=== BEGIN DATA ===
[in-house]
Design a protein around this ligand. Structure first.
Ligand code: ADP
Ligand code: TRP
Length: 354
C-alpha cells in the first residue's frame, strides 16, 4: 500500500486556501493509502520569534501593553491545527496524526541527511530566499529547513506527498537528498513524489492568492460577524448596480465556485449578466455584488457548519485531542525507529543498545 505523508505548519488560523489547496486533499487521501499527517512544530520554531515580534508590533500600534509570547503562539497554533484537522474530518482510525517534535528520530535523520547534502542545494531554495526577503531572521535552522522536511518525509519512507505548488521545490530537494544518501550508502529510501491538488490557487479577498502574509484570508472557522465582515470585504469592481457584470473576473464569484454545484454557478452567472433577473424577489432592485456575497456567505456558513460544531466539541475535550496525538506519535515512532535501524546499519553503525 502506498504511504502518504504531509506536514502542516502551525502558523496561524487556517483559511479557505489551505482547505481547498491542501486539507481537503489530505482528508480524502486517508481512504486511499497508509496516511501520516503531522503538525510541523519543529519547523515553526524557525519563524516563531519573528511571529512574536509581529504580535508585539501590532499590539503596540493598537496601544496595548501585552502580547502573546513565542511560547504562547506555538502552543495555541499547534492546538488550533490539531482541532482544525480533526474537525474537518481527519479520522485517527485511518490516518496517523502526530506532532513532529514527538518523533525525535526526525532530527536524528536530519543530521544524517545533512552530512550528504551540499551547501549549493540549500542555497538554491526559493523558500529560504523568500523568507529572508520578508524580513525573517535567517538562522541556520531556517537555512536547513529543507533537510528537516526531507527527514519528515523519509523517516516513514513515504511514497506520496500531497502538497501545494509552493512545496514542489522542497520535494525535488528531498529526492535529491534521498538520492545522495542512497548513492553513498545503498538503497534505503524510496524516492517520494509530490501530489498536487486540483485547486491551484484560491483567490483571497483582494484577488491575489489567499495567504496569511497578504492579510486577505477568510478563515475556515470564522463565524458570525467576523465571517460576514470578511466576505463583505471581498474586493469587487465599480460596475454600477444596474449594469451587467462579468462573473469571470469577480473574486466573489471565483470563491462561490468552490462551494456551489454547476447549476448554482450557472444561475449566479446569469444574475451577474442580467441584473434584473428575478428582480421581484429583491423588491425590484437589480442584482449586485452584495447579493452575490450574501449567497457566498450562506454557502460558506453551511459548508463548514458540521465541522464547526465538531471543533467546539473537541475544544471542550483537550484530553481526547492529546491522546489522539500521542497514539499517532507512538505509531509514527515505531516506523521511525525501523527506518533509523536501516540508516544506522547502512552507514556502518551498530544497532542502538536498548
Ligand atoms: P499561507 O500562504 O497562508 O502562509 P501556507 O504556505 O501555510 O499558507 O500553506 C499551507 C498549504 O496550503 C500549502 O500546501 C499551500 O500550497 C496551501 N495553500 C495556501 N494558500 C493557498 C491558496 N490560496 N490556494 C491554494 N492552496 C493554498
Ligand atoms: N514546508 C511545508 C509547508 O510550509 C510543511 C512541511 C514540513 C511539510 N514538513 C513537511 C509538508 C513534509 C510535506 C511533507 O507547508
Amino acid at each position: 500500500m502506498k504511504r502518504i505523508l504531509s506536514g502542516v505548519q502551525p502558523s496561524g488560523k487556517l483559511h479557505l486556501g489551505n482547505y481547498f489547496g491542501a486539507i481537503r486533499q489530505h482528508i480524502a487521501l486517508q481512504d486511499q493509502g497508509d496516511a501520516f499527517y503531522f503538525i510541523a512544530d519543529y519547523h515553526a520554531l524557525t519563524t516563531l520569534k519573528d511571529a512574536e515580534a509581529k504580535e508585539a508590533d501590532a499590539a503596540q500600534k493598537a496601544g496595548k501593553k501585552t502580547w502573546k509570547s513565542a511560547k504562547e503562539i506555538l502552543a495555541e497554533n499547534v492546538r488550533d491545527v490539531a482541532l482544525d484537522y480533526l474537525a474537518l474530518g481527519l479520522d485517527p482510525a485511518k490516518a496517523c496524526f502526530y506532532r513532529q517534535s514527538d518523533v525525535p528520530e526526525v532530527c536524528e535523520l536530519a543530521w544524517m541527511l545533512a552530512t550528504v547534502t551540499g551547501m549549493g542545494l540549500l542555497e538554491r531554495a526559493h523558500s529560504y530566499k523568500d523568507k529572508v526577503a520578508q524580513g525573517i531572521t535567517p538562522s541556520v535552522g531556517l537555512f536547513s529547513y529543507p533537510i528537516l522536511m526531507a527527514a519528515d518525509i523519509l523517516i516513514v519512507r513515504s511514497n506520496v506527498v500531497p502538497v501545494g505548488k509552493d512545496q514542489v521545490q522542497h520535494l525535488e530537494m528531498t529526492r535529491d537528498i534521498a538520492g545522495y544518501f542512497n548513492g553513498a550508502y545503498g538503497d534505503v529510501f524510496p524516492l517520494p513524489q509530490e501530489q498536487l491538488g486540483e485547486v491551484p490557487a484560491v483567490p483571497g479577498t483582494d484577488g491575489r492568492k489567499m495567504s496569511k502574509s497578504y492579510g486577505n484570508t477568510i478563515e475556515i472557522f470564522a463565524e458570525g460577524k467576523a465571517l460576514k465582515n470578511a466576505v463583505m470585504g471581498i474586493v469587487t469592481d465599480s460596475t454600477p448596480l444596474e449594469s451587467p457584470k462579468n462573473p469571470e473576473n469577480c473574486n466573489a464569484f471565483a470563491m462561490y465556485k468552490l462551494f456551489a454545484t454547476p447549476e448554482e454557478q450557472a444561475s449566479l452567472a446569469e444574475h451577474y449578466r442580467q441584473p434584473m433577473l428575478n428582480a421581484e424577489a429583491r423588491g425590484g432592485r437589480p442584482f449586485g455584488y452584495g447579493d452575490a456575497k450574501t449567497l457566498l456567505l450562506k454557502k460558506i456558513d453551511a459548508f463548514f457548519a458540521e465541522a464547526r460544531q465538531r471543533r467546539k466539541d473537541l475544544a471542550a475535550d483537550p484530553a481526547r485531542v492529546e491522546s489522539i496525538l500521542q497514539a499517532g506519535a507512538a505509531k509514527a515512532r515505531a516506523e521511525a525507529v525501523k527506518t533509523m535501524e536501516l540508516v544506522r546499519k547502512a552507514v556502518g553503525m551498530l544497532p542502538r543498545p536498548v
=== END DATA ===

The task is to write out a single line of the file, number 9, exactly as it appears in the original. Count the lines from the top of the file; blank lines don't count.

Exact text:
Amino acid at each position: 500500500m502506498k504511504r502518504i505523508l504531509s506536514g502542516v505548519q502551525p502558523s496561524g488560523k487556517l483559511h479557505l486556501g489551505n482547505y481547498f489547496g491542501a486539507i481537503r486533499q489530505h482528508i480524502a487521501l486517508q481512504d486511499q493509502g497508509d496516511a501520516f499527517y503531522f503538525i510541523a512544530d519543529y519547523h515553526a520554531l524557525t519563524t516563531l520569534k519573528d511571529a512574536e515580534a509581529k504580535e508585539a508590533d501590532a499590539a503596540q500600534k493598537a496601544g496595548k501593553k501585552t502580547w502573546k509570547s513565542a511560547k504562547e503562539i506555538l502552543a495555541e497554533n499547534v492546538r488550533d491545527v490539531a482541532l482544525d484537522y480533526l474537525a474537518l474530518g481527519l479520522d485517527p482510525a485511518k490516518a496517523c496524526f502526530y506532532r513532529q517534535s514527538d518523533v525525535p528520530e526526525v532530527c536524528e535523520l536530519a543530521w544524517m541527511l545533512a552530512t550528504v547534502t551540499g551547501m549549493g542545494l540549500l542555497e538554491r531554495a526559493h523558500s529560504y530566499k523568500d523568507k529572508v526577503a520578508q524580513g525573517i531572521t535567517p538562522s541556520v535552522g531556517l537555512f536547513s529547513y529543507p533537510i528537516l522536511m526531507a527527514a519528515d518525509i523519509l523517516i516513514v519512507r513515504s511514497n506520496v506527498v500531497p502538497v501545494g505548488k509552493d512545496q514542489v521545490q522542497h520535494l525535488e530537494m528531498t529526492r535529491d537528498i534521498a538520492g545522495y544518501f542512497n548513492g553513498a550508502y545503498g538503497d534505503v529510501f524510496p524516492l517520494p513524489q509530490e501530489q498536487l491538488g486540483e485547486v491551484p490557487a484560491v483567490p483571497g479577498t483582494d484577488g491575489r492568492k489567499m495567504s496569511k502574509s497578504y492579510g486577505n484570508t477568510i478563515e475556515i472557522f470564522a463565524e458570525g460577524k467576523a465571517l460576514k465582515n470578511a466576505v463583505m470585504g471581498i474586493v469587487t469592481d465599480s460596475t454600477p448596480l444596474e449594469s451587467p457584470k462579468n462573473p469571470e473576473n469577480c473574486n466573489a464569484f471565483a470563491m462561490y465556485k468552490l462551494f456551489a454545484t454547476p447549476e448554482e454557478q450557472a444561475s449566479l452567472a446569469e444574475h451577474y449578466r442580467q441584473p434584473m433577473l428575478n428582480a421581484e424577489a429583491r423588491g425590484g432592485r437589480p442584482f449586485g455584488y452584495g447579493d452575490a456575497k450574501t449567497l457566498l456567505l450562506k454557502k460558506i456558513d453551511a459548508f463548514f457548519a458540521e465541522a464547526r460544531q465538531r471543533r467546539k466539541d473537541l475544544a471542550a475535550d483537550p484530553a481526547r485531542v492529546e491522546s489522539i496525538l500521542q497514539a499517532g506519535a507512538a505509531k509514527a515512532r515505531a516506523e521511525a525507529v525501523k527506518t533509523m535501524e536501516l540508516v544506522r546499519k547502512a552507514v556502518g553503525m551498530l544497532p542502538r543498545p536498548v